West Virginia Senator Craig Blair (R-15) survived a political scare earlier this year in the June Republican primary, receiving 8,054 votes (53 percent) to Kenneth Mattson’s 7,221 (47 percent).
Mattson getting 47 percent of the vote against the incumbent and chairman of the Senate Finance Committee was one indication that Blair was politically vulnerable in a volatile election year.
Yesterday on the WRNR program Eastern Panhandle Talk with Rob Mario and David Welch, Welch handicapped the race between Blair and Mountain Party candidate Donald Kinnie. There is no Democrat in the race.
Welch downplayed Blair’s vulnerabilities.
“That’s a very low turnout in the primary and I would suspect that Craig Blair would be much stronger in the general,” Welch said.
In his last election in 2016, Blair easily defeated Democrat Brad Noll 30,475 (70 percent) to 13,629 (30 percent).
The 15th Senate District includes parts of Berkeley and Mineral counties and all of Morgan and Hampshire counties.
“I don’t see anything to suggest that Craig Blair would be in trouble in the general election,” Welch said.
Don’t tell that to Kinnie, who works at WRNR in Martinsburg.
Kinnie thinks that Blair is in serious trouble with the state’s teachers. And it was teachers who propelled several upsets statewide in the recent Republican primary election — including the defeat of Senate President Mitch Carmichael by elementary school teacher Amy Nichole Grady and and the defeat of Delegate Daryl Cowles in the 58th by the teachers’ union backed candidacy of George Miller.
Blair suggested at a recent candidate forum that if the teachers don’t show up to work because of Covid-19 health concerns, that they all be fired or furloughed.
Kinnie’s mother was a special ed teacher and as a child, Kinnie walked the picket lines with his mother during the 11 day West Virginia teachers’ strike in 1990.
Kinnie is originally from Augusta, West Virginia.
“I grew up in a little farmhouse down there,” Kinnie told Morgan County USA. “I started out with the old fashioned West Virginia farm boy upbringing. And my father was and still is a lumberjack. He has pulpwood and timber business. And my mother was a schoolteacher. She taught special ed.”
“When I started school we moved to Inwood, West Virginia. So I came up through Inwood Primary, Value View Elementary and Musselman Middle and High Schools.”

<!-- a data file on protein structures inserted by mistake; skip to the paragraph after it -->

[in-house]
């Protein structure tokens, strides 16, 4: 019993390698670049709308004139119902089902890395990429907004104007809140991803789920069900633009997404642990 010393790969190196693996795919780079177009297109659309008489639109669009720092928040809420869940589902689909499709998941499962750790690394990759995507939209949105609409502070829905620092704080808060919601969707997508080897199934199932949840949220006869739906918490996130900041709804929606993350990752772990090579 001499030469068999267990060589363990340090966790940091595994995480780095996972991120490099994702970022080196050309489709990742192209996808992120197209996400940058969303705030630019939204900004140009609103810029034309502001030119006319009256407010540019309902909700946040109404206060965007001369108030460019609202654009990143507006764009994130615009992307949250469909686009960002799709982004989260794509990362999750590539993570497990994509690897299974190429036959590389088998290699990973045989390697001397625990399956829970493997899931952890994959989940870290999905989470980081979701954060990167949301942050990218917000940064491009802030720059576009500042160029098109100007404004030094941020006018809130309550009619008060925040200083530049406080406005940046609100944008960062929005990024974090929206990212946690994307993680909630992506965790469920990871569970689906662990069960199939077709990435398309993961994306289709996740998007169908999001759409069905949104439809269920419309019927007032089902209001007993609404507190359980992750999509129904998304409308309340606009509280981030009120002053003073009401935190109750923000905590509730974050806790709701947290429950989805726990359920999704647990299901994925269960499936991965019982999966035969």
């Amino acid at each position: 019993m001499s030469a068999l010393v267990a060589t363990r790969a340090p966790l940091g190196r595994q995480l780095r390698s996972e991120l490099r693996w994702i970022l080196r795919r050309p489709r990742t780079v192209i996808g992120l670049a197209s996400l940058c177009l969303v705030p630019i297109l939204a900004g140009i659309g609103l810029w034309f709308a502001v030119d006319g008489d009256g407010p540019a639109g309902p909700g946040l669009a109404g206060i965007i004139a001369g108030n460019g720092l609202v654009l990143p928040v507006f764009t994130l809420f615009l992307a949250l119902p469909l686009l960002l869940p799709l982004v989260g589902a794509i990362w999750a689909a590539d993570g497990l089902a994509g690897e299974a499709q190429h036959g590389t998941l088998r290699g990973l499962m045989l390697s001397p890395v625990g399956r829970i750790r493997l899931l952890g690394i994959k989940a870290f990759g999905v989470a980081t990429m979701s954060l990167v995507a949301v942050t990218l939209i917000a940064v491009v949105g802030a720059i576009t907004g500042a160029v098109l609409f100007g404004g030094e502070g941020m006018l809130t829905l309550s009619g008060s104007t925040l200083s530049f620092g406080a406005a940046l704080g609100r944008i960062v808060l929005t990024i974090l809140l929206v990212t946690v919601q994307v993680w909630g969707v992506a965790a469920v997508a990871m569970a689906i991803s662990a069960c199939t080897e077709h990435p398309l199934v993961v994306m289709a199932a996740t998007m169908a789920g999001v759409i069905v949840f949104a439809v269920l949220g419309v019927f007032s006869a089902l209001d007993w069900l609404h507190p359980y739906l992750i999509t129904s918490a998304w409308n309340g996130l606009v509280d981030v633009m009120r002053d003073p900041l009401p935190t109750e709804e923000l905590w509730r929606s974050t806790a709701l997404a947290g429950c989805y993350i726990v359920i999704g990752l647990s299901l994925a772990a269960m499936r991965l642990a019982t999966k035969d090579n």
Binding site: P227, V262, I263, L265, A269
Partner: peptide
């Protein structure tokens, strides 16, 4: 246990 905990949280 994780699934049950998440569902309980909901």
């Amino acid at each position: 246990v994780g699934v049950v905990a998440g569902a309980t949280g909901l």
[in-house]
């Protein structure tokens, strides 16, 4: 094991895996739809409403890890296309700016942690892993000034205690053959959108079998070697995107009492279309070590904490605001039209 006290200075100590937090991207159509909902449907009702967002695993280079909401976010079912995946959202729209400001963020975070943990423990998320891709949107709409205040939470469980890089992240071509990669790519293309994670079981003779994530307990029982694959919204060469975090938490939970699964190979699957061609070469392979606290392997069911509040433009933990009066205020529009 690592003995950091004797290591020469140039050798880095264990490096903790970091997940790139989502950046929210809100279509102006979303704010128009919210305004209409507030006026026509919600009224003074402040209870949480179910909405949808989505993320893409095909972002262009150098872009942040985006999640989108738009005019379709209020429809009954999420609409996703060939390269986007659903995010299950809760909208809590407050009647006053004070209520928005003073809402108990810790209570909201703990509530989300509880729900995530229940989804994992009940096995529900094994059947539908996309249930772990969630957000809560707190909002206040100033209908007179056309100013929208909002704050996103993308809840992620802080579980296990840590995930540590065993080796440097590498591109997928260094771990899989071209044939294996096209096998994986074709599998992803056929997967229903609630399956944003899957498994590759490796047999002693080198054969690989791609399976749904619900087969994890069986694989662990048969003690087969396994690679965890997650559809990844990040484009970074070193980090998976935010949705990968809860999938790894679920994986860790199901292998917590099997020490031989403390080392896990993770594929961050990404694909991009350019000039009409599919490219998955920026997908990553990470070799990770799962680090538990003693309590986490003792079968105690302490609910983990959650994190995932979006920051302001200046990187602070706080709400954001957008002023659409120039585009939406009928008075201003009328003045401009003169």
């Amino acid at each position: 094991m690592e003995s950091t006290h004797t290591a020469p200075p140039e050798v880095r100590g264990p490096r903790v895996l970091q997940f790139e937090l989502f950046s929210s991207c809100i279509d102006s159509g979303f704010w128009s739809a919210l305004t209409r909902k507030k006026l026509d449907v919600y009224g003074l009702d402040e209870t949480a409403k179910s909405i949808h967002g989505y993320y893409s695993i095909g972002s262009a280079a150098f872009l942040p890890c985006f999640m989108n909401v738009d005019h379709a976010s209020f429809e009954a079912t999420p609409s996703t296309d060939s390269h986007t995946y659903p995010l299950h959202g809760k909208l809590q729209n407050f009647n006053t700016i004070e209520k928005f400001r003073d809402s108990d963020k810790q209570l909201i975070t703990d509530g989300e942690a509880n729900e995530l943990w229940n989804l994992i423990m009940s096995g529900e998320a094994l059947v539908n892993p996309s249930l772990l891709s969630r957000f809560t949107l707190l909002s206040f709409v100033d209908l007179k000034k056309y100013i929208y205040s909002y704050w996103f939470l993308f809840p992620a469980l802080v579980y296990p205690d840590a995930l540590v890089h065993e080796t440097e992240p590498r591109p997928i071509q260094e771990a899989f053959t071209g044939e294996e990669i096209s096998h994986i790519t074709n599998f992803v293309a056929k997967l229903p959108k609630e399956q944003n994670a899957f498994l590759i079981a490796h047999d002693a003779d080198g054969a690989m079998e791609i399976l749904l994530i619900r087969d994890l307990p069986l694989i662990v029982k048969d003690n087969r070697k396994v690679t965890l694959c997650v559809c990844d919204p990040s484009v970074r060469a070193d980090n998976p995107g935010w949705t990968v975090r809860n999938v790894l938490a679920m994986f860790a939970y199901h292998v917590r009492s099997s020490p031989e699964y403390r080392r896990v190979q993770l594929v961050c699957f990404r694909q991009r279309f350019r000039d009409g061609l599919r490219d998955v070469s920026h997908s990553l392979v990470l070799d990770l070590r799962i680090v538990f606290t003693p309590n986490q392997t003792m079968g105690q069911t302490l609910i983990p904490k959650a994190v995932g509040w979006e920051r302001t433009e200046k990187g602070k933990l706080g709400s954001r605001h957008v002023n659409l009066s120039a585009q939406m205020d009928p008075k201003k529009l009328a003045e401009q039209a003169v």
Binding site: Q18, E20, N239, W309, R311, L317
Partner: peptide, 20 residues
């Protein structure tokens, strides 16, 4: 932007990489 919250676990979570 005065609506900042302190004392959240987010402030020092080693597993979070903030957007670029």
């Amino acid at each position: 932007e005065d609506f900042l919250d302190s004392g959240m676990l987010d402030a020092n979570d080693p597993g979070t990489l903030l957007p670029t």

“With my mother being a teacher, I was with her on strike back in 1990,” Kinnie said. “I was actually on the picket line with the teachers, holding signs. So, I’m very sympathetic to the teachers.”
“Craig Blair has been outspoken on teacher issues and that is something that sets us apart,” Kinnie said.
Kinnie has been a lifelong practitioner of martial arts and he now teaches kung fu classes at Elite Martial Arts and MMA in Martinsburg, West Virginia.
“Martial arts is something I’ve always been passionate about,” Kinnie said. “And that was my original thought process in running.”
“Something I teach in martial arts is what are called the five virtues – honor, loyalty, perseverance, benevolence and integrity.”
“And those are for the most part missing in today’s politics. And they are virtues that I want to bring into this campaign.”
Kinnie says that the polarization between Republicans and Democrats is corrosive to the democratic process and his preference would be that we move to a political system where there are no parties and that everyone runs as an independent on their values.
“It’s not that one party is good and one party is bad,” Kinnie said. “You just go through each issue one by one and do the right thing.”
Kinnie’s wife Mary Kinnie is a Mountain Party candidate for House of Delegates in the 60th district. Mary Kinnie is running against Republican Don Forsht and Democrat Brad Knoll.
Donald and Mary Kinnie have a joint web site – KinnieforWV – in which they support a living wage, healthcare as a human right, a ban on mountain top removal mining and fracking, and progressive criminal justice reform.